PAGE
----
Gloria Allred is speaking out against the Republicans running for governor in Mississippi who have refused to meet alone with women. She tells HL exclusively that they should be boycotted.
Two Republican gubernatorial candidates in Mississippi, former state Supreme Court chief justice Bill Waller Jr. and Senator Robert Foster, have refused to be alone with female reporters on the campaign trail, claiming that they fear being falsely accused of sexual misconduct. Waller’s reasoning is that it’s “just common sense” and that “appearances are important.” HollywoodLife spoke with famed women’s rights attorney Gloria Allred about the politicians’ baffling statements, and she told us EXCLUSIVELY what she believes their actions mean. “Well, first of all, it’s insulting to women,” Allred told us, while at the Marie Westwood Magazine launch party on July 7.
“It’s insulting because it suggests that every woman is going to accuse him of sexual assault, even if he didn’t do it, which is really a slam against women who are true victims,” she said. “If they’re going to meet alone with men, men could sexually assault them too, or not.””I think they should be ashamed of themselves for saying such a thing. There may be people who will make their decision about whether they should ever re-elect these gentlemen based on what [they’re] saying about women and never being alone with them. I will say this — I’d never want to be alone with a man who is that fearful of women.”
Allred, who has represented one of the women who accused President Donald Trump of sexual assault, as well as the victims of convicted sexual offender Bill Cosby, criticized Foster for refusing to do a 15-hour ride-long with female Mississippi Today reporter Larrison Campbell, unless she brought along a male co-worker. Foster said the “optics” of being alone with a women were an issue, and cited the “Billy Graham Rule.” He is referring to the practice set forth by the late Evangelist pastor, which Vice President Mike Pence — never be alone with a woman who isn’t your wife. Campbell and her employer objected to this, calling it “sexist.”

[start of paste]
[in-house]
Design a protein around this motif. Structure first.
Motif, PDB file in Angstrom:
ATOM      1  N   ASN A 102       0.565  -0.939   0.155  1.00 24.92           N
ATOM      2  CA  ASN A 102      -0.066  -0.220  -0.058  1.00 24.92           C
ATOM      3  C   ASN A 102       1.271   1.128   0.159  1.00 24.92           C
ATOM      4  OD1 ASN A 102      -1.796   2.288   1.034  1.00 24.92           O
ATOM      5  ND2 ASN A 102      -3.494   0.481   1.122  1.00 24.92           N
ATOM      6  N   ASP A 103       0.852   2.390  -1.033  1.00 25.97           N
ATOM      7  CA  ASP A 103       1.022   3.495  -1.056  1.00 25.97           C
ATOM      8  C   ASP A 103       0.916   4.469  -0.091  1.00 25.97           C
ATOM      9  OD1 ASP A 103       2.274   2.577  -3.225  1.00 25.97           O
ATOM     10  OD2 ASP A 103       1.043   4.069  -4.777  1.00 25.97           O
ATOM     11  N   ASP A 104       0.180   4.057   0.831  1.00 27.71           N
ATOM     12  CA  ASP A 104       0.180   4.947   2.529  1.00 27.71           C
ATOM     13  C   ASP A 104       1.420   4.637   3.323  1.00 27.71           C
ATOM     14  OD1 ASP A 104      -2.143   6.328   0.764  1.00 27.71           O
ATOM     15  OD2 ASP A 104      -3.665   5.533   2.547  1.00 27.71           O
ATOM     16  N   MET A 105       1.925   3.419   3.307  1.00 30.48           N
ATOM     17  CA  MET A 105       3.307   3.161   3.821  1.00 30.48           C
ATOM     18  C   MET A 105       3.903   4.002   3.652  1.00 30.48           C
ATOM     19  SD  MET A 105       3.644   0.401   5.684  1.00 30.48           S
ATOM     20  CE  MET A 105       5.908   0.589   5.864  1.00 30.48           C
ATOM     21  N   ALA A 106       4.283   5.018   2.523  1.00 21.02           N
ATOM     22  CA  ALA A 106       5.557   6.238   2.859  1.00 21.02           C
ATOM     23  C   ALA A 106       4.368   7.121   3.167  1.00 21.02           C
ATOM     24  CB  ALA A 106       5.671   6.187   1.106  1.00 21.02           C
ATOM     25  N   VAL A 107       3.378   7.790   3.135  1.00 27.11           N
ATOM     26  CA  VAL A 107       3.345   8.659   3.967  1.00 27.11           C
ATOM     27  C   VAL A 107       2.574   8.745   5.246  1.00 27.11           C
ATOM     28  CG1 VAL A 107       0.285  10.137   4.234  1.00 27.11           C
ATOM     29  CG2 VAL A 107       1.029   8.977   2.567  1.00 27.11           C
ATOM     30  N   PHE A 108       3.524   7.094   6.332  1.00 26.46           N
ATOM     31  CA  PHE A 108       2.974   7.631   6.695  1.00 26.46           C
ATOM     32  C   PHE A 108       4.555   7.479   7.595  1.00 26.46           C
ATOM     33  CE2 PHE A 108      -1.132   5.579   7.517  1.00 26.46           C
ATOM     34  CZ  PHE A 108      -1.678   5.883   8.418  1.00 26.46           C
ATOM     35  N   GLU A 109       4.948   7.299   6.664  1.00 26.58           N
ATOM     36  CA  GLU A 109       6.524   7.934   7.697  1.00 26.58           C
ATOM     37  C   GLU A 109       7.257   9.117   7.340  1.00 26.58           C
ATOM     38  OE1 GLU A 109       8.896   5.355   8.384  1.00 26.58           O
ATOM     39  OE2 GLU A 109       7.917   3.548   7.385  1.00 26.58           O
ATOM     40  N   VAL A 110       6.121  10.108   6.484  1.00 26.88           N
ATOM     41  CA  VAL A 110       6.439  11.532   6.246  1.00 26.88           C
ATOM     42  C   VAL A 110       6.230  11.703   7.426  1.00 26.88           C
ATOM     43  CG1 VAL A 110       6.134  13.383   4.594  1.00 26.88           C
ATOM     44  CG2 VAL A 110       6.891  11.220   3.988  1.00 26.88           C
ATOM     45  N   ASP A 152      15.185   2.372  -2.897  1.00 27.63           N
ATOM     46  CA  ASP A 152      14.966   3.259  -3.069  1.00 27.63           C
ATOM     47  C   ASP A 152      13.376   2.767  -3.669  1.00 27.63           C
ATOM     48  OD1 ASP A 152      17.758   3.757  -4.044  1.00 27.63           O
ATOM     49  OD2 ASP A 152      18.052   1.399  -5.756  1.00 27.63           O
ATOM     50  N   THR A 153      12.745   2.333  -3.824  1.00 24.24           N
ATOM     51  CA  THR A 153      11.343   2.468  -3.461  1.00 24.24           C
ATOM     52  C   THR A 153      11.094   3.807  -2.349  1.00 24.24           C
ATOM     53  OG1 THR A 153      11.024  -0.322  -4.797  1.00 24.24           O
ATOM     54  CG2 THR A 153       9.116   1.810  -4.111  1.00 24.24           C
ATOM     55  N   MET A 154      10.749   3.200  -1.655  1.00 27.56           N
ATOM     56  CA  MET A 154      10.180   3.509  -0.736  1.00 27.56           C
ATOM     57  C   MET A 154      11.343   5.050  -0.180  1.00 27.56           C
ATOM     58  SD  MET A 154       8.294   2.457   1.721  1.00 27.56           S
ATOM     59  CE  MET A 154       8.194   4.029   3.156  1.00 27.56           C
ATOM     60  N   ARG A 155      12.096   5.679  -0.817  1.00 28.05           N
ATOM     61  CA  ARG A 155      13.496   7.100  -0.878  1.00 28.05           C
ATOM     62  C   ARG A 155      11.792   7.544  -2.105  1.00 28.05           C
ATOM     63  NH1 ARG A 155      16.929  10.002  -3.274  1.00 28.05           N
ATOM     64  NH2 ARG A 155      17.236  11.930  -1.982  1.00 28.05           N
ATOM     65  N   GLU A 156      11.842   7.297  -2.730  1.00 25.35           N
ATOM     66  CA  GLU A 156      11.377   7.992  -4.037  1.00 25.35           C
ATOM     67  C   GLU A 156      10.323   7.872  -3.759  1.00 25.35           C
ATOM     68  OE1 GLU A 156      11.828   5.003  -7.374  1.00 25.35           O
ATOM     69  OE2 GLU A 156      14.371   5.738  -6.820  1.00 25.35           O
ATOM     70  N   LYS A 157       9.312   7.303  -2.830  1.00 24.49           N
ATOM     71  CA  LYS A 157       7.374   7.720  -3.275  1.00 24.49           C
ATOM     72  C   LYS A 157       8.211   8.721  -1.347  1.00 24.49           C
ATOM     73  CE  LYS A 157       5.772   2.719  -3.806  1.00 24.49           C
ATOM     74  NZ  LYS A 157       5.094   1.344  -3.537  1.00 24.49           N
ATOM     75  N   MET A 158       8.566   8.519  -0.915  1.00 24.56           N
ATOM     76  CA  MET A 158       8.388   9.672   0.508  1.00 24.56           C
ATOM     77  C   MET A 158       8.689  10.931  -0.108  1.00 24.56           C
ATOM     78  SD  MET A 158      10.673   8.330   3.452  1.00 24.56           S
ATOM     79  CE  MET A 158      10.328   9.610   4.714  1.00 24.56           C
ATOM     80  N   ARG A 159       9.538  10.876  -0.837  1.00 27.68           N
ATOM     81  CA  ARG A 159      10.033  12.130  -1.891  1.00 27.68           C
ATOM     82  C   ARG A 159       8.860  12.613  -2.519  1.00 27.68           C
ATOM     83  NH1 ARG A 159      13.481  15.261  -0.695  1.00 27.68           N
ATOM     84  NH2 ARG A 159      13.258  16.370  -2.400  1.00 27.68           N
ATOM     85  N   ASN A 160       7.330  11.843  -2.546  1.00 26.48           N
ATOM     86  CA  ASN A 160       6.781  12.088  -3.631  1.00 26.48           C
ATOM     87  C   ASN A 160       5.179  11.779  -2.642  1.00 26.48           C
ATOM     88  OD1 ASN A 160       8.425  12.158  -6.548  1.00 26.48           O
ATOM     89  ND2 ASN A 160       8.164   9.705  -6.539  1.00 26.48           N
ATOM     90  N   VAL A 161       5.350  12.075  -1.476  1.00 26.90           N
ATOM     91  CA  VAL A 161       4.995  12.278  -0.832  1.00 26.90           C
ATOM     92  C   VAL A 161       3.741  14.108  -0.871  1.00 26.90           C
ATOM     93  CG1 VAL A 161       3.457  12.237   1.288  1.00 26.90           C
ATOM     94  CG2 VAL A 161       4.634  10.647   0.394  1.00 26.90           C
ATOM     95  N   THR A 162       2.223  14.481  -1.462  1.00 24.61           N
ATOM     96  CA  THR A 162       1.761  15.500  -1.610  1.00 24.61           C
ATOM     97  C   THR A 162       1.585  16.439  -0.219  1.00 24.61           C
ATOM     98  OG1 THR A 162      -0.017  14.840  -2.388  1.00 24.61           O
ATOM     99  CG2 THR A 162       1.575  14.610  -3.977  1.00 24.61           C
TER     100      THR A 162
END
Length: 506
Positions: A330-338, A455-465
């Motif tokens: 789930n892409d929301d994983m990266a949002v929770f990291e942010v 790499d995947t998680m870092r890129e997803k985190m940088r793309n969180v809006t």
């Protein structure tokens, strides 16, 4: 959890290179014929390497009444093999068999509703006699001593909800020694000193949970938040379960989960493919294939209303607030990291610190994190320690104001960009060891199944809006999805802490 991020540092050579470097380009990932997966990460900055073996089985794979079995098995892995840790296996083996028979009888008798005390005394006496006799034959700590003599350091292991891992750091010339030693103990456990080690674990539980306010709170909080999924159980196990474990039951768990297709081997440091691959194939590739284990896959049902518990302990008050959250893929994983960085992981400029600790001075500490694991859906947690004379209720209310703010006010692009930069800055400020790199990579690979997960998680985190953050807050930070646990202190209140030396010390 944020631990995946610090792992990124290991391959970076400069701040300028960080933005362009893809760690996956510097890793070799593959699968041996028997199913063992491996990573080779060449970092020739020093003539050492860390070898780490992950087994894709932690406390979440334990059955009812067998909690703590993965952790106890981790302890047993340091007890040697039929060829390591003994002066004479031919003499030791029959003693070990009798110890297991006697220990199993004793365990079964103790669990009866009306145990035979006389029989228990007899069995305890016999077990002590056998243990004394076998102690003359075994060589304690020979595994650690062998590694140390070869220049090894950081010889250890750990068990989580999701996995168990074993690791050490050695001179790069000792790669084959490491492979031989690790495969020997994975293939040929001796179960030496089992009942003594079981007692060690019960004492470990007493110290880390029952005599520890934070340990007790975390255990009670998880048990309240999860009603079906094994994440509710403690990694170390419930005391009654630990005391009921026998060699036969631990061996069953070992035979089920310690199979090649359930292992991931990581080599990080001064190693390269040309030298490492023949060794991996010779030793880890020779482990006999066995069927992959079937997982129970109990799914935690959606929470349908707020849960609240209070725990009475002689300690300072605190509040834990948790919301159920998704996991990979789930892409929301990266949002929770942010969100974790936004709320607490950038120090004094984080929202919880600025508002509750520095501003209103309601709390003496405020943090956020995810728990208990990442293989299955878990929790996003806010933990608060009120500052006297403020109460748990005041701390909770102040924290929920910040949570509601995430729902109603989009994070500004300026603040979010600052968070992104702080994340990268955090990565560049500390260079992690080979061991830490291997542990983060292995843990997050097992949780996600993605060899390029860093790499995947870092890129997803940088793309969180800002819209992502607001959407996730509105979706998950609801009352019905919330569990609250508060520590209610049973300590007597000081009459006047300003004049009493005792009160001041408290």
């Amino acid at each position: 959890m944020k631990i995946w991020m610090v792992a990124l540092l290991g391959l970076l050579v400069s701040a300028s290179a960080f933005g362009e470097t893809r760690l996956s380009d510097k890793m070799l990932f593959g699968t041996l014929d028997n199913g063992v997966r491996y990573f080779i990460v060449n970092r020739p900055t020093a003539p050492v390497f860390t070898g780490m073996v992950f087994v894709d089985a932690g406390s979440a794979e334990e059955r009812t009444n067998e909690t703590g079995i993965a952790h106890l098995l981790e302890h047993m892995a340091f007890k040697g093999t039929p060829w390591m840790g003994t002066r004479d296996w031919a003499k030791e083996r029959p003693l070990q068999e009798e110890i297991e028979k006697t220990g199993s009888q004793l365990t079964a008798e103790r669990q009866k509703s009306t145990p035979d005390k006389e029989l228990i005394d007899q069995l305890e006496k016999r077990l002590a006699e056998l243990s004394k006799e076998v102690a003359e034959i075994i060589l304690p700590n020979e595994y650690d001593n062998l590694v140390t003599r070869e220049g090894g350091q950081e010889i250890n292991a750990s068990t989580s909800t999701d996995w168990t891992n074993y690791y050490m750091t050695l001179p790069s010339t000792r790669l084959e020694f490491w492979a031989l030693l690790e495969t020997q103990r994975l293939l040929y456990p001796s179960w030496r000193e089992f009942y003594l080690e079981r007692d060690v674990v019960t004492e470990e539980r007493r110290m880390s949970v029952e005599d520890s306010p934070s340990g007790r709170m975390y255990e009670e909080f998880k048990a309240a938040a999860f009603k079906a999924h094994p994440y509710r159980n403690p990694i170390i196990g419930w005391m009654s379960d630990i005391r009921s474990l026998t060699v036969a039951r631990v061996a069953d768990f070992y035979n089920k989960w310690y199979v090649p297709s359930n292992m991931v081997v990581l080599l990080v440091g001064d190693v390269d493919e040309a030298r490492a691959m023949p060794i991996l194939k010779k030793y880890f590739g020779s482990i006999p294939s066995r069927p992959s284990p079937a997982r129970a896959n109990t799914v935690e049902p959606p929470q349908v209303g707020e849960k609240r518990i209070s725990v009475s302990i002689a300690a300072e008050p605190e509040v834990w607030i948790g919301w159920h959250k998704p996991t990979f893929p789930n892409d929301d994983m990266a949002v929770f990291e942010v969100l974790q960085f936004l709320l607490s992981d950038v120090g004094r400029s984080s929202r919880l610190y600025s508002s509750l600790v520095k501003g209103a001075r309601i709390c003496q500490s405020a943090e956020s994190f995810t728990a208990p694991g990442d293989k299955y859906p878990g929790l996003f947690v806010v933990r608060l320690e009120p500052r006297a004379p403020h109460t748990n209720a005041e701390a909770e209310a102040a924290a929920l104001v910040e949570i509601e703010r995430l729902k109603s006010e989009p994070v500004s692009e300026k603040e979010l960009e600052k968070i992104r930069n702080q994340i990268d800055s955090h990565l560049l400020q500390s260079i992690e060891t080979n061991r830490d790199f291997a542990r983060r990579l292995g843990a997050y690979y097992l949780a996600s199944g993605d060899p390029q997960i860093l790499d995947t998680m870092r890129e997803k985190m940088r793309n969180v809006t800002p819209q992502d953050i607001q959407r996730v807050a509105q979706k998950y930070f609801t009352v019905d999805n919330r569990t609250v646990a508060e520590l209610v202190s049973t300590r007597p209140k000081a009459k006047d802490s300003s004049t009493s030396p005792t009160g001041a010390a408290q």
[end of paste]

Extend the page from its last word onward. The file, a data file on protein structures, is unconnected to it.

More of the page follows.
Foster, meanwhile doubled down with an interview on CNN: “Now, in the #MeToo movement era, people could come back at me five, 10, 15 years later and accuse me of assaulting them, and I have no witness there to protect me from that accusation,” Foster said. “And so, I have to protect myself in both my professional and personal career.” Allred said that this is unacceptable, and offered a suggestion.
“Well, generally the people who would want to meet with [them] are reporters, so they’re interfering with a reporter’s ability to do her job,” she explained. “I take that very seriously. I think that male reporters should boycott these two elected officials, or persons who made these allegations, in support of the women reporters. Elected officials love to be interviewed, so let them find there’s a boycott; then, it’ll start meaning something to them.”